➥ Problem-solving is all about using your creativity and skills to figure out possible solutions before choosing one and putting it into action.
➥ Innovation is making something better or more efficient.
➥ Solving problems requires generating many ideas, eliminating the bad ones, and picking a good one for action.
(3). Collaboration - Collaboration is the act of working with others to achieve a common goal. It's said people can solve a problem more effectively by working together than by working alone. Collaboration is hard but if you gain exposure you will be able to make decisions with a group of people. Collaboration is a mindset, a willingness to work together is essential. A group of people who think they know how things should be done, and won't listen to alternatives, cannot collaborate. These are collaboration abilities:
➥ If you share basic responsibilities among a team, you'll be able to work more efficiently and develop your skills.
➥ A team is like a fair structure. Everyone has his or her set of resources and responsibilities and each member contributes to the team as a whole.
➥ Brainstorming is a technique for developing creative ideas by generating as many ideas as possible, followed by a group discussion about the merits of the ideas.
➥ The best decision-making processes are the ones where all the participants come to a consensus about what to do.
➥ Thoroughly understanding a product, process, or group will make it easier to adapt it so that it works even better.
➥ To manage your time effectively, you need to be able to assess how you should allocate spare time to various tasks.
➥ Team building is a facilitated process of working together toward a common goal.
(4). Communication - Communication is a key skill for any business person because of the diverse personalities that make up any organization. Communication is also much more than just speaking and writing. You have to look at the different ways that people receive information, then consider how they will best understand your message.
Communication is the ability to clearly convey ideas to another person, in such a manner that there is little or no chance of misunderstanding what has been said. At its most basic level, it also includes listening to another person and understanding the meaning of what has been said. These are the communication abilities:
➥ To analyze the situation, you need to think about the subject of the message, its purpose, who sent it, who received it, what medium was used to send it, and what context is involved.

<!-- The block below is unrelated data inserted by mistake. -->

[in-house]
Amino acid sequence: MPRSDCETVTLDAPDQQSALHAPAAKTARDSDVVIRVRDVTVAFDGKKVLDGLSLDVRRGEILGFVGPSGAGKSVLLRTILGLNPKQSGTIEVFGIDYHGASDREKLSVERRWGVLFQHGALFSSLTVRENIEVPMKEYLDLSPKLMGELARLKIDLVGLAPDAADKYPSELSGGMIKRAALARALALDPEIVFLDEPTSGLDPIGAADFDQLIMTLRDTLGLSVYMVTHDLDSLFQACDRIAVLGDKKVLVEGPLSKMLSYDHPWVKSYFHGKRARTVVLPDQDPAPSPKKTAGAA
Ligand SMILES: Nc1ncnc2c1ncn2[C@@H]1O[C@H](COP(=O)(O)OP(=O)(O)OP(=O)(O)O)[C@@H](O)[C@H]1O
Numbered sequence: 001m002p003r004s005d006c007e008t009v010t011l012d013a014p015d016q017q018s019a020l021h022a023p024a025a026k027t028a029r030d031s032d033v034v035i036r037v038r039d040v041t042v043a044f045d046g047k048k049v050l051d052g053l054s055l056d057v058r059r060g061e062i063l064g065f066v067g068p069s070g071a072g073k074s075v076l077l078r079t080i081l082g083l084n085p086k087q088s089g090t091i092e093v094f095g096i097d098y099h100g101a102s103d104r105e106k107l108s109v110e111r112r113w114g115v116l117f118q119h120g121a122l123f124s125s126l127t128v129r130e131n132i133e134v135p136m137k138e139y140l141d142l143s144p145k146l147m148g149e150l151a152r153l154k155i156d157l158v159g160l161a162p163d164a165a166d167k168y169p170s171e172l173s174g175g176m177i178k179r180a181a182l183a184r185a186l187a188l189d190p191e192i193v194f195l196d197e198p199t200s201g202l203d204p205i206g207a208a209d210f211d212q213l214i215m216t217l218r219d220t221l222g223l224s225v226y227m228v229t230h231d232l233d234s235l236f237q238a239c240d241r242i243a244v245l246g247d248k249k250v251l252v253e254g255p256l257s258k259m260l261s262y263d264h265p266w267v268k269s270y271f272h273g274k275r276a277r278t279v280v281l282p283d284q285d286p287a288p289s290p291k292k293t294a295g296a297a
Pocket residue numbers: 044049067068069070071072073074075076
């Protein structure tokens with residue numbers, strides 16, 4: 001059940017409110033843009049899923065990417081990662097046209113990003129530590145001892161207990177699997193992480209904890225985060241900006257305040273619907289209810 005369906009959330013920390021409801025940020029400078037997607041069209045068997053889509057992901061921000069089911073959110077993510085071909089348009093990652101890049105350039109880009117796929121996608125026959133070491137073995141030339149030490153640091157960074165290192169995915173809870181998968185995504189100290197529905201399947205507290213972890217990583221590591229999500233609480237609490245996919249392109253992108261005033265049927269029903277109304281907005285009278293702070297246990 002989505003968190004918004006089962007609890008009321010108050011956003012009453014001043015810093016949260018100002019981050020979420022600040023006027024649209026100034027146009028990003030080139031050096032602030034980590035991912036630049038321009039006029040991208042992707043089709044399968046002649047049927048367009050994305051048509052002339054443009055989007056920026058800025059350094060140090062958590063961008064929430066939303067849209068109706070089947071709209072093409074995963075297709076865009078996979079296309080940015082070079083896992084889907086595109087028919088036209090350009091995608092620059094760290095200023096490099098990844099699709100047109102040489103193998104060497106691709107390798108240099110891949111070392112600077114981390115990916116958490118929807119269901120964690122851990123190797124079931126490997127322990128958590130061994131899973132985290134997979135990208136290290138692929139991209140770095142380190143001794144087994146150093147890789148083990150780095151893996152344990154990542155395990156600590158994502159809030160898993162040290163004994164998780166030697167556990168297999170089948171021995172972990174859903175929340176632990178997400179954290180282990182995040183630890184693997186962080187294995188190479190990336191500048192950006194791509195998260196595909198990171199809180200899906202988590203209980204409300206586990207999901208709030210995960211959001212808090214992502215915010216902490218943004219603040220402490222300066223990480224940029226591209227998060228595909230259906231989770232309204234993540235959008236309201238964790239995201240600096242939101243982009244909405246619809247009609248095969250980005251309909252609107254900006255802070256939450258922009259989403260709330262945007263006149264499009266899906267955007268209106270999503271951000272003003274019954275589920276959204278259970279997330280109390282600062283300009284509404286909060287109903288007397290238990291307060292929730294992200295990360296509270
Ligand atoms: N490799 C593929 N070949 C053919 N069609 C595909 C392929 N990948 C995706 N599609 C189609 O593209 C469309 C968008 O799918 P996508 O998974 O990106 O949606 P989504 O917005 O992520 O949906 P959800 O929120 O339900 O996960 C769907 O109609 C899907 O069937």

➥ The most appropriate way to deliver a message depends on its audience and purpose.
➥ For truly effective communication, you must engage actively with the ideas being communicated.
➥ Speaking involves conveying ideas through the use of words, tone of voice, body language, gestures, facial expressions, and visual aids.
➥ Writing is a process of encoding messages into words, sentences, and paragraphs to communicate with someone.
The 3 categories of 21st-century skills:
1. Learning Skills
A key to learning effectively is developing the right mindset. This means believing that you can learn the material, that you're willing to take the time and effort to study, and that you'll give it your best effort. It also means that you understand you must practice what you've already learned to retain it over the long term. You can improve your learning skills to organize your time and energy more effectively and efficiently, enabling you to learn more in less time, with better results.
Learning skills consists of 4 C’s:
(a). Critical thinking
2. Literacy Skills
Literacy skills are the type of skills that let us read, write, listen, speak and help us to communicate. It is increasing in importance to every person's overall competency. Literacy skills are valued across all employment sectors, and in its general form, it is not limited to a specific profession or trade. Literacy skills are communication tools that allow us to apply logic and reasoning to the ideas we encounter in everyday life.
Literacy skills consist of:
3. Life Skills
Life skills are a set of competencies, habits, and practical abilities needed to live a happy, healthy, and successful life. They help us manage the challenges of everyday life. A well-developed set of skills helps us achieve our personal goals, build relationships, and contribute to our communities. Life skills are the general mental abilities that help you accomplish everyday tasks.
Life skills consist of:
(e). Social skills